Carter is a poet of the jungle of the cities, as well of the wild wood where we find danger, and the haunted palaces of love where vampires are. There is a vividness in her work that comes from the enthusiasm with which her characters face life and its sensations; it is also a construct, a made artifice based on a skilful sense that all these places are aspects of the human mind as well as the backdrop for the body's perils and pleasures. One of her best radio plays is about Richard Dadd, the Victorian painter and father-killer, and she shares with his work a sense that every inch of canvas is to be filled with imagery, and that images should always be crisp to the eye, terrifying in their intensity.
The passionate singing glitter of Carter's prose and plots is the servant of her desire to tell tales. All of her characters are ultimately story-tellers, and the tales they tell are often twice-told tales made new. One of her best and most original books was 'The Bloody Chamber' which refashioned Bluebeard, and Beauty and the Beast, sometimes over and over, as parables of the desire of the mind and the acheing lusts of the flesh. We tell stories to warm winter nights when the wolves are outside the house; they entertain us, but they also teach us how to live sanely in a world we share with horrors.
Angela Carter is dead and lives in her readers' sense of her work as a bundle of gifts she left to boobytrap our memories. The body of work she made is constantly present as a performance of wonders, a cabinet of bright curiosities. It is also a constant source of righteous thinking, free of shabby managerial orthodoxies and anarchic in its scorn of the powerful and cruel and thoughtless. We need constantly to read and reread her, and think about all the tales she told.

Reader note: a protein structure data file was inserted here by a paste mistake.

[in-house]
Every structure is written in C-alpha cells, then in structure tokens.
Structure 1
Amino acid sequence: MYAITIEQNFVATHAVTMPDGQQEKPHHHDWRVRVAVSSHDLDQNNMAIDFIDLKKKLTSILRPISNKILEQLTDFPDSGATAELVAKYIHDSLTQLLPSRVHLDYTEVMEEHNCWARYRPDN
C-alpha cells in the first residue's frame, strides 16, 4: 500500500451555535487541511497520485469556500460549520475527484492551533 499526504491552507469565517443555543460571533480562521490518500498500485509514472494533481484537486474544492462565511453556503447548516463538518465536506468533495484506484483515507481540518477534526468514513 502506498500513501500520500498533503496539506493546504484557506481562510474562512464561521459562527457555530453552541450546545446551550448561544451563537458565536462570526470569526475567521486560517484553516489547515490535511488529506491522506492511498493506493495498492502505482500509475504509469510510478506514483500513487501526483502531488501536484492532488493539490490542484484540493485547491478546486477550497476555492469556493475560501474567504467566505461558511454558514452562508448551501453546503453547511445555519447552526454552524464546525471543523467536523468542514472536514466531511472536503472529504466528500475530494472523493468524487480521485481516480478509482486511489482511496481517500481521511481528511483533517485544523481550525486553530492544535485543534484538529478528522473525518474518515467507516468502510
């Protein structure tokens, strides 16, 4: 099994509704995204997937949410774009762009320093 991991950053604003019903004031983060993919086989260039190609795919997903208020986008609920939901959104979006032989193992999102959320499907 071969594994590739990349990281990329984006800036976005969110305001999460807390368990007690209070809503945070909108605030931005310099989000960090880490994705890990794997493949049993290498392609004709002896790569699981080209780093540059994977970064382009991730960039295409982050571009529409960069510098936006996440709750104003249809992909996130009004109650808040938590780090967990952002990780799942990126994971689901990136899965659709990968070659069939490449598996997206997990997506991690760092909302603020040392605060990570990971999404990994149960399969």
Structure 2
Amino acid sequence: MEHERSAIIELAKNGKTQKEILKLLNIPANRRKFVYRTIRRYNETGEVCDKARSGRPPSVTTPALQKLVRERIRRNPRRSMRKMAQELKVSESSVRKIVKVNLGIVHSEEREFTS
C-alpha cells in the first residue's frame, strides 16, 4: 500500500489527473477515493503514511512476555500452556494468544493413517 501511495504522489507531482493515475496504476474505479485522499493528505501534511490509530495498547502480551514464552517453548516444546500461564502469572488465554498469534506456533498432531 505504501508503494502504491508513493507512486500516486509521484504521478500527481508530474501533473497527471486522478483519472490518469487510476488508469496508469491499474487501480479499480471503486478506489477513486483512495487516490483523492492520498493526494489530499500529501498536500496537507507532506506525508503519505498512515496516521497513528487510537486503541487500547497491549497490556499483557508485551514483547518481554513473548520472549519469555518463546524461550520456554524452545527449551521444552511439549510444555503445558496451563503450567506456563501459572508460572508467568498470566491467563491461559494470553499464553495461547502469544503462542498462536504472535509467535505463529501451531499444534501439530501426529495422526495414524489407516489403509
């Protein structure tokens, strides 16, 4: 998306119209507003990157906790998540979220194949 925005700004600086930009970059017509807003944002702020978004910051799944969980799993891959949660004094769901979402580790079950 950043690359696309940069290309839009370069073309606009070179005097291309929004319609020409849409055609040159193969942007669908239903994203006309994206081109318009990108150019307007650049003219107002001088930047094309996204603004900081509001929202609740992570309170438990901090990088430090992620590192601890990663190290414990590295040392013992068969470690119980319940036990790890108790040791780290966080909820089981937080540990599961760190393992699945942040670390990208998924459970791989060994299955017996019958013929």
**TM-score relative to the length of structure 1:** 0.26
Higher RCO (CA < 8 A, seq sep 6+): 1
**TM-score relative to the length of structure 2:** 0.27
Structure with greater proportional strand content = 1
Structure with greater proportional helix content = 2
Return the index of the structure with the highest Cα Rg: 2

Of all the famous people I ever met - and I am still waiting to be summoned to represent my country in the name-dropping event at the 2012 Olympics and hoping that I am not by then too famous to qualify as an amateur - Angela is the one I am proudest of having known. I worshipped her early work as a teenager, re-read 'Infernal Desire Machines of Dr Hoffman' immediately before going into my GRA surgery, and wrote the cover copy for 'Nights at the Circus'. I met her at sf cons where I got to argue with her about the purpose of criticism - she quoted Stein about Pound being a village explainer, and I pointed out that many of us are a village and need one. Later, for a few months, we were occasional drinking buddies and gossiped about people we both knew. Later, we were not as close, for reasons I can only speculate about, but I saw her in the street and chatted, a month or two before she died. She was the one truely and certainly great artist I ever knew personally, though I have hopes of several of my nearest and dearest if they keep up their current level.